Skip to content

Installations

Installations Thumbnails

Photography by Tom Powel Imaging

Photography by Tom Powel Imaging

Photography by Tom Powel Imaging

Photography by Tom Powel Imaging

Photography by Tom Powel Imaging

Photography by Tom Powel Imaging

Photography by Tom Powel Imaging

Photography by Tom Powel Imaging

Photography by Tom Powel Imaging

Photography by Tom Powel Imaging

Photography by Tom Powel Imaging

Photography by Tom Powel Imaging

Photography by Tom Powel Imaging

Photography by Tom Powel Imaging

Photography by Tom Powel Imaging

Photography by Tom Powel Imaging

Photography by Tom Powel Imaging

Photography by Tom Powel Imaging

Photography by Tom Powel Imaging

Photography by Tom Powel Imaging

Photography by Tom Powel Imaging

Photography by Tom Powel Imaging

Photography by Tom Powel Imaging

Photography by Tom Powel Imaging

Photography by Tom Powel Imaging

Photography by Tom Powel Imaging

Press Release - OLD

Mnuchin Gallery will open its fall season with Minimalism & Beyond, an exhibition exploring Minimalism and its legacy in contemporary art from the second half of the twentieth century through the present day. Opening September 13 and on view through October 18, 2017, it will be accompanied by a fully illustrated catalogue authored by Pac Pobric.

 

The exhibition will present Minimalist masterworks of the 1960s alongside painting and sculpture of the following decades that both elaborate upon and disrupt Minimalism’s formal language to a diverse range of ends, from the playful and the personal to the subversive and the political. Taking as its starting point iconic works by Carl Andre, Dan Flavin, Donald Judd, Agnes Martin, Robert Ryman, and Frank Stella, the exhibition continues with Postminimalist figures such as Eva Hesse, Robert Morris, On Kawara, and Bruce Nauman. It carries on with works from the 1980s and 90s by artists including Robert Gober, Felix Gonzalez-Torres, David Hammons, Jeff Koons, Cady Noland, and Christopher Wool. The exhibition culminates with contemporary examples by Carol Bove, Wade Guyton, Rashid Johnson, Glenn Ligon, and Rudolf Stingel, artists who employ the supposedly "neutral" aesthetic tropes of Minimalism to explore the politics of race, class, and technology.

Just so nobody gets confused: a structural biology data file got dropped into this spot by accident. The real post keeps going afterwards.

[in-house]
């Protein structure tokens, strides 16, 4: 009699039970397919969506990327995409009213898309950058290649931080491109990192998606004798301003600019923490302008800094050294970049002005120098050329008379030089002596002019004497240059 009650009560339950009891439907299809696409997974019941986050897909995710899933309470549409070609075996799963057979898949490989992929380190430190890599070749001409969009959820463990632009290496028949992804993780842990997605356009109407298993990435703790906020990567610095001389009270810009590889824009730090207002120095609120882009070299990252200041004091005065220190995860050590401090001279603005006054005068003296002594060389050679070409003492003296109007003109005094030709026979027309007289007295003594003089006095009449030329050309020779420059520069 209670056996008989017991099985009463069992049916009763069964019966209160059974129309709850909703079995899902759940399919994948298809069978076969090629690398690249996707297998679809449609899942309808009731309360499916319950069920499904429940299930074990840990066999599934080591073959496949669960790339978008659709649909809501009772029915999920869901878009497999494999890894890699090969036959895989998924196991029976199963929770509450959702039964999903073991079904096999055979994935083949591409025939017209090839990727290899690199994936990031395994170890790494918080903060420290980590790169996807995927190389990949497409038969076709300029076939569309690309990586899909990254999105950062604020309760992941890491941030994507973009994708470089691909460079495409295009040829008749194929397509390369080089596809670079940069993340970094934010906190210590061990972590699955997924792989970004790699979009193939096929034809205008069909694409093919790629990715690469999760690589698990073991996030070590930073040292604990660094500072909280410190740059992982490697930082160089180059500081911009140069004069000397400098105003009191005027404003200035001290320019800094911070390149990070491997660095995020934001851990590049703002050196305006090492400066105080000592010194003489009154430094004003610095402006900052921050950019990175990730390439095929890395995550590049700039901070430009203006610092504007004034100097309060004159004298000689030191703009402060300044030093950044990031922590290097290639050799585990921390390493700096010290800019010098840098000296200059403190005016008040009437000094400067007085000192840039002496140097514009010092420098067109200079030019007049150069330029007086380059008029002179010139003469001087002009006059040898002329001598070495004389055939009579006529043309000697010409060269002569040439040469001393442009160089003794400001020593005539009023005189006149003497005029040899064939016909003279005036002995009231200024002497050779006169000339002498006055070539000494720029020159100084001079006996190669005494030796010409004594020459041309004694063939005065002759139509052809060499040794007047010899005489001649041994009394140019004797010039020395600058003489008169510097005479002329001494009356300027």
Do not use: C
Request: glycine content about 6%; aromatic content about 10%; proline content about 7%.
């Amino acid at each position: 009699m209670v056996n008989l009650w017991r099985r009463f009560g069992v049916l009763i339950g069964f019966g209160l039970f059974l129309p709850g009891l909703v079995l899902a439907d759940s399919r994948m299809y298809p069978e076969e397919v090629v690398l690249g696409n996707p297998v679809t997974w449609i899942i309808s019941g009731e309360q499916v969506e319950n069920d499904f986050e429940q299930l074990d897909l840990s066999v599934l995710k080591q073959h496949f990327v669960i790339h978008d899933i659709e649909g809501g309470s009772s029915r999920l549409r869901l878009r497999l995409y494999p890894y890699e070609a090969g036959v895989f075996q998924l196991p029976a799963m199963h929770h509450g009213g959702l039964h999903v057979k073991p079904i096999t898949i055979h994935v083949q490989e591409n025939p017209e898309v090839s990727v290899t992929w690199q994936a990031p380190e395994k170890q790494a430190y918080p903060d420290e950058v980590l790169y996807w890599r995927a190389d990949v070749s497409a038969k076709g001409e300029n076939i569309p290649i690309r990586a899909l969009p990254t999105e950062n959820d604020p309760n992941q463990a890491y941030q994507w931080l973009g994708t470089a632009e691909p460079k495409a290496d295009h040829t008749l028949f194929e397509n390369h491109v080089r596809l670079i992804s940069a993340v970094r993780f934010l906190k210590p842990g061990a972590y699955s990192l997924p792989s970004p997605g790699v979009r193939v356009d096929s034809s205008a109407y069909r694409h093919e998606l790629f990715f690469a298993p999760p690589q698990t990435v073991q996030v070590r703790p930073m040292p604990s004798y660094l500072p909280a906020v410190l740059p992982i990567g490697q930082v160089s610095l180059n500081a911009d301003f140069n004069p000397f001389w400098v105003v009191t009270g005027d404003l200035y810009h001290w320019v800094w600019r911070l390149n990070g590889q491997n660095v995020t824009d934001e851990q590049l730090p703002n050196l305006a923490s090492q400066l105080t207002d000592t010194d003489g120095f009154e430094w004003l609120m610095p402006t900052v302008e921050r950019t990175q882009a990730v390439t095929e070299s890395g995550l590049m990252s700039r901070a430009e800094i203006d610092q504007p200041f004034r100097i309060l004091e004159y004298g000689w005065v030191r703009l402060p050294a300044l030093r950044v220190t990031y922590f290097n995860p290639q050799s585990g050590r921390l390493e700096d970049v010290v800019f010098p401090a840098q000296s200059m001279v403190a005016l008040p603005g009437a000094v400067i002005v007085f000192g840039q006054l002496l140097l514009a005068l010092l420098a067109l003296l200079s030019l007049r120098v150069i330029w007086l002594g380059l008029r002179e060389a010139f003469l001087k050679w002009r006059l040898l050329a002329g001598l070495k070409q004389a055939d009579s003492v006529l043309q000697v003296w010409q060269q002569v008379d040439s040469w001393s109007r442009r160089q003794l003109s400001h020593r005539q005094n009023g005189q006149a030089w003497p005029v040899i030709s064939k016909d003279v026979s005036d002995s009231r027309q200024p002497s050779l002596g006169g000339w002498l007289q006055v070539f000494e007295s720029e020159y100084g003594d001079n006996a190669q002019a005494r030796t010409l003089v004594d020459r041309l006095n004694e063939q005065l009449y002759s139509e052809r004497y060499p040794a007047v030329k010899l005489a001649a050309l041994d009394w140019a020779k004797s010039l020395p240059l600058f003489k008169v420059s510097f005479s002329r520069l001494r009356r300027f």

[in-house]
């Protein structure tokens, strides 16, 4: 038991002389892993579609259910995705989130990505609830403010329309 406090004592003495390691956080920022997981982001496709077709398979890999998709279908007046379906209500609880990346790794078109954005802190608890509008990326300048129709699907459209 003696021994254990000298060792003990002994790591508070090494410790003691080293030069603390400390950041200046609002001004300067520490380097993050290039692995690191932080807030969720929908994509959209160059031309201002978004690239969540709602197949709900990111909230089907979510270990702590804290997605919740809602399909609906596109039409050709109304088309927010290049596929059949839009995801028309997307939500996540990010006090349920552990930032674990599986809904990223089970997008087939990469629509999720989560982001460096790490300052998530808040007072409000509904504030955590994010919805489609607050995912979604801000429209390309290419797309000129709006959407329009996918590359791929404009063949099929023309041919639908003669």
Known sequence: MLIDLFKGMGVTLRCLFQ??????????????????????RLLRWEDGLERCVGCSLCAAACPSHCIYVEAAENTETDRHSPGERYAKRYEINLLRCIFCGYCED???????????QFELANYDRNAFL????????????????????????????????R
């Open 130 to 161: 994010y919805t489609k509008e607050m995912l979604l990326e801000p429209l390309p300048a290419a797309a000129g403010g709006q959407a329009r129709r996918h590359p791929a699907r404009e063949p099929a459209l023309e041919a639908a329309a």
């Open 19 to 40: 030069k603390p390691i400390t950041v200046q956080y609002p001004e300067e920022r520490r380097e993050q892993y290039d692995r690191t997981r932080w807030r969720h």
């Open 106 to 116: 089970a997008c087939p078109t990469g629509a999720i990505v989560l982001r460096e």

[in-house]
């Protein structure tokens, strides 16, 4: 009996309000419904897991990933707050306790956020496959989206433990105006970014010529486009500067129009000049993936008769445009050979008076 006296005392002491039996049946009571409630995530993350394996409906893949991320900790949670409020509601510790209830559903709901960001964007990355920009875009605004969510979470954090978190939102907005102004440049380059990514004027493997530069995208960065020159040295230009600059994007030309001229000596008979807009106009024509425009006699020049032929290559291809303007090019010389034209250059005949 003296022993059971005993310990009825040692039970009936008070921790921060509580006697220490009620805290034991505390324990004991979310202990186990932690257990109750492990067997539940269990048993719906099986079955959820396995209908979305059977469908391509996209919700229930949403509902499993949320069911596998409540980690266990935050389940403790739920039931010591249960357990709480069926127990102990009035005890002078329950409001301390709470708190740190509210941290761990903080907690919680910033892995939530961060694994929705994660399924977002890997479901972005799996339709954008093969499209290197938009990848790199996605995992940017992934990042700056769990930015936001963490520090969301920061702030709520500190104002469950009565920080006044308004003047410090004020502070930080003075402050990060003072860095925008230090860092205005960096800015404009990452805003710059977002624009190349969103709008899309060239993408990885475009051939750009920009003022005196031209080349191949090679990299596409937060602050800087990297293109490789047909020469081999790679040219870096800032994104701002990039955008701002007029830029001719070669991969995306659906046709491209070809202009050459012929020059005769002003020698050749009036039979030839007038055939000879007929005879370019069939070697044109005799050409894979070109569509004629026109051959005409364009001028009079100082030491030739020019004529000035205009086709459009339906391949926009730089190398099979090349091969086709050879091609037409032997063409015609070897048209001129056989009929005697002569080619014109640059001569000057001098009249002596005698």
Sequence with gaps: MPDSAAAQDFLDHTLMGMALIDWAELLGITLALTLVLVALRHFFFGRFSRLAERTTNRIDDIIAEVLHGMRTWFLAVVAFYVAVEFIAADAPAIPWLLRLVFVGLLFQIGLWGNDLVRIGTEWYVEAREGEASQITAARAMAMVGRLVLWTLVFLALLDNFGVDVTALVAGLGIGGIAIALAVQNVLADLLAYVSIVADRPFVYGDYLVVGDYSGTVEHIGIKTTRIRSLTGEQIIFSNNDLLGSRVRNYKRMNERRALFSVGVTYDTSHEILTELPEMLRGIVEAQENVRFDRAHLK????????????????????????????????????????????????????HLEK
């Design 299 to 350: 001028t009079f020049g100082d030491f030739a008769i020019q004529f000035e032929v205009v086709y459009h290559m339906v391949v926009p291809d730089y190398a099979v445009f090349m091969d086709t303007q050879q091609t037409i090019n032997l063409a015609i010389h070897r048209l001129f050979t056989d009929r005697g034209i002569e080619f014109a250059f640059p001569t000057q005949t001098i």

At its outset Minimalism arose as a reaction to the exuberant individualism of Abstract Expressionism, turning away from its manifestation of the psychological state of the artist. Early practitioners retained the abstract component of their predecessor’s work while using basic geometric forms to hone in on the characteristics of the medium. Donald Judd’s idea of the Specific Object, neither painting nor sculpture, encompassed Minimalism’s attempt to reduce artworks to their unique essence. Rejecting any attempts to find narrative meaning in his work, Frank Stella famously told Bruce Glaser in 1966, “What you see is what you see,” coining a phrase which became a framework for understanding early Minimalist art. Stella strove for an abstraction predicated on the nature of paintings. In Creede I and Creede II, both 1961, Stella’s signature bands replicate the shape created by the canvas on its stretcher while emphasizing its flatness.

 

Moving into the 1980s artists continued to explore Minimalist ideas about specificity and economy of form, but pared down their work with the intent of maximizing suggested meaning rather than removing it. The seemingly effortless suspension of basketballs in Jeff Koons’ Two Ball Total Equilibrium Tank (Spalding Dr. J Silver Series, 1985) belies the complex calibration that keeps them afloat. The basketballs symbolize the spectacle of professional athletics, the elusive dream of court stardom that inspires monumental determination and struggle for so many only to be achieved by a small few. On Kawara’s monochromatic date paintings each record a discrete unit of time, the day they were created. Evoking at once the universal drumbeat of time marching on and the personal temporality of the quotidian, the formal austerity of each painting elucidates, rather than eliminates, the possibilities beyond it.